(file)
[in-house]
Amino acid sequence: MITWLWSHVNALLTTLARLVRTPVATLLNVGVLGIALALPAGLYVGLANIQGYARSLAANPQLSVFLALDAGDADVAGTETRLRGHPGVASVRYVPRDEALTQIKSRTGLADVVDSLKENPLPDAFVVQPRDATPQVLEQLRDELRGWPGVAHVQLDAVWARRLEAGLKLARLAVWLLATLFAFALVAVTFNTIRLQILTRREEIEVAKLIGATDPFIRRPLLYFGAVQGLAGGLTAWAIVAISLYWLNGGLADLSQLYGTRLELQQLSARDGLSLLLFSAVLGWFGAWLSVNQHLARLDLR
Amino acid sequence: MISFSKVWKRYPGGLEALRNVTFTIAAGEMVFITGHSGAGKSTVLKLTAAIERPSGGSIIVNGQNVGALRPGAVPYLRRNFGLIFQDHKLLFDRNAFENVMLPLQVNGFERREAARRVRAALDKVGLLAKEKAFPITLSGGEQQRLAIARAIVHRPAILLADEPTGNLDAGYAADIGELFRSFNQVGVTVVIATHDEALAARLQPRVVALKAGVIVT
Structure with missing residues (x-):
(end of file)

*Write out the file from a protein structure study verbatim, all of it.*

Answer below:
[in-house]
Amino acid sequence: MITWLWSHVNALLTTLARLVRTPVATLLNVGVLGIALALPAGLYVGLANIQGYARSLAANPQLSVFLALDAGDADVAGTETRLRGHPGVASVRYVPRDEALTQIKSRTGLADVVDSLKENPLPDAFVVQPRDATPQVLEQLRDELRGWPGVAHVQLDAVWARRLEAGLKLARLAVWLLATLFAFALVAVTFNTIRLQILTRREEIEVAKLIGATDPFIRRPLLYFGAVQGLAGGLTAWAIVAISLYWLNGGLADLSQLYGTRLELQQLSARDGLSLLLFSAVLGWFGAWLSVNQHLARLDLR
Amino acid sequence: MISFSKVWKRYPGGLEALRNVTFTIAAGEMVFITGHSGAGKSTVLKLTAAIERPSGGSIIVNGQNVGALRPGAVPYLRRNFGLIFQDHKLLFDRNAFENVMLPLQVNGFERREAARRVRAALDKVGLLAKEKAFPITLSGGEQQRLAIARAIVHRPAILLADEPTGNLDAGYAADIGELFRSFNQVGVTVVIATHDEALAARLQPRVVALKAGVIVT
Structure with missing residues (x-):